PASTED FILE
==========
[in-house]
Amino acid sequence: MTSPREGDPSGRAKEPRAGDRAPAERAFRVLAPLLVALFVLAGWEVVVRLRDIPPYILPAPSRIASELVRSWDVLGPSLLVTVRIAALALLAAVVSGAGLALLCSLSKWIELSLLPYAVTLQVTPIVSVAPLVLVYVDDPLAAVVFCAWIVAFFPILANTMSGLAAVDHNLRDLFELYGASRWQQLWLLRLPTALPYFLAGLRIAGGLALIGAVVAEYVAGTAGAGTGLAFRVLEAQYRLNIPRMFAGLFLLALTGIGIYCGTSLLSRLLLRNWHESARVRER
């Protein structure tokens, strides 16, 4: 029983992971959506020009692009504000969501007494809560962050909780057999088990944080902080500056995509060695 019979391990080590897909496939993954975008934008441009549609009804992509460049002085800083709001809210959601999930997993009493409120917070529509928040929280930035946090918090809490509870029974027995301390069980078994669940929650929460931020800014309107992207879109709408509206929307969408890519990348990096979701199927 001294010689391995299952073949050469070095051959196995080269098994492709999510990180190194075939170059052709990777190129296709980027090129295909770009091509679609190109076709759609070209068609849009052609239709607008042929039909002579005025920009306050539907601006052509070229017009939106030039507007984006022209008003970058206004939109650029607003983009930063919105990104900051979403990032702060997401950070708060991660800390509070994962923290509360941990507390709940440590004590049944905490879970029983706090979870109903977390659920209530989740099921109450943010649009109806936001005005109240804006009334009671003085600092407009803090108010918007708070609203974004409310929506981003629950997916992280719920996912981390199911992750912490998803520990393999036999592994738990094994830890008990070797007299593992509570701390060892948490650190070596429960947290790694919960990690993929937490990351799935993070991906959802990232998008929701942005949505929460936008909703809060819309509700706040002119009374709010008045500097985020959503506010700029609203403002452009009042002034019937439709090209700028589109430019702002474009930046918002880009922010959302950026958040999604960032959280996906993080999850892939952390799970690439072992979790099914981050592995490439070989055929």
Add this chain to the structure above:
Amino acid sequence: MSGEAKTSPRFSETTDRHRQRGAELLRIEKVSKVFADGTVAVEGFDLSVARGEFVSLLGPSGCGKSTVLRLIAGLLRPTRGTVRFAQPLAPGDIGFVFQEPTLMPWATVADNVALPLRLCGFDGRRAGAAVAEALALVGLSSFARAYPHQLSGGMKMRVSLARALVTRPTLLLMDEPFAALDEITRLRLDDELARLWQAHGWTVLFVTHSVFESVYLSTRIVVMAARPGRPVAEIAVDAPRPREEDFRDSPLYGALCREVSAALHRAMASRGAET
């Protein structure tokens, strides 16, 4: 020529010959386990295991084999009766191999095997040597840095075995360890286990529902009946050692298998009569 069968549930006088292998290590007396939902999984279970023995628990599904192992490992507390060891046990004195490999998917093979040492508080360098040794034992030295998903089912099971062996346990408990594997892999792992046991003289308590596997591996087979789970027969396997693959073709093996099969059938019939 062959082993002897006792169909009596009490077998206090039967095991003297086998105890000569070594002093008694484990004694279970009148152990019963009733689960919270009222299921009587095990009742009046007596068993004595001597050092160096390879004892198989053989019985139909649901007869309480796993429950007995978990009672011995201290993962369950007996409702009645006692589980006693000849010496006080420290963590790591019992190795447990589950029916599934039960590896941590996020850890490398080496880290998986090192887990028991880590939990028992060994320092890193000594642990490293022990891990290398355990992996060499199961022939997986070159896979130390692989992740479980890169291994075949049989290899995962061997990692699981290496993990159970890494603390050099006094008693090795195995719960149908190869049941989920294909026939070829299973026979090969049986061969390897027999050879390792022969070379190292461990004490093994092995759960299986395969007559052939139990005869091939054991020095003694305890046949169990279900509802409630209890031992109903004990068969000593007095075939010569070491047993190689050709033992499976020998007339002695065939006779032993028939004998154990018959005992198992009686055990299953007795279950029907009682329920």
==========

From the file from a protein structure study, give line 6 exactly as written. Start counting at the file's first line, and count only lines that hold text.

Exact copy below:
């Protein structure tokens, strides 16, 4: 020529010959386990295991084999009766191999095997040597840095075995360890286990529902009946050692298998009569 069968549930006088292998290590007396939902999984279970023995628990599904192992490992507390060891046990004195490999998917093979040492508080360098040794034992030295998903089912099971062996346990408990594997892999792992046991003289308590596997591996087979789970027969396997693959073709093996099969059938019939 062959082993002897006792169909009596009490077998206090039967095991003297086998105890000569070594002093008694484990004694279970009148152990019963009733689960919270009222299921009587095990009742009046007596068993004595001597050092160096390879004892198989053989019985139909649901007869309480796993429950007995978990009672011995201290993962369950007996409702009645006692589980006693000849010496006080420290963590790591019992190795447990589950029916599934039960590896941590996020850890490398080496880290998986090192887990028991880590939990028992060994320092890193000594642990490293022990891990290398355990992996060499199961022939997986070159896979130390692989992740479980890169291994075949049989290899995962061997990692699981290496993990159970890494603390050099006094008693090795195995719960149908190869049941989920294909026939070829299973026979090969049986061969390897027999050879390792022969070379190292461990004490093994092995759960299986395969007559052939139990005869091939054991020095003694305890046949169990279900509802409630209890031992109903004990068969000593007095075939010569070491047993190689050709033992499976020998007339002695065939006779032993028939004998154990018959005992198992009686055990299953007795279950029907009682329920």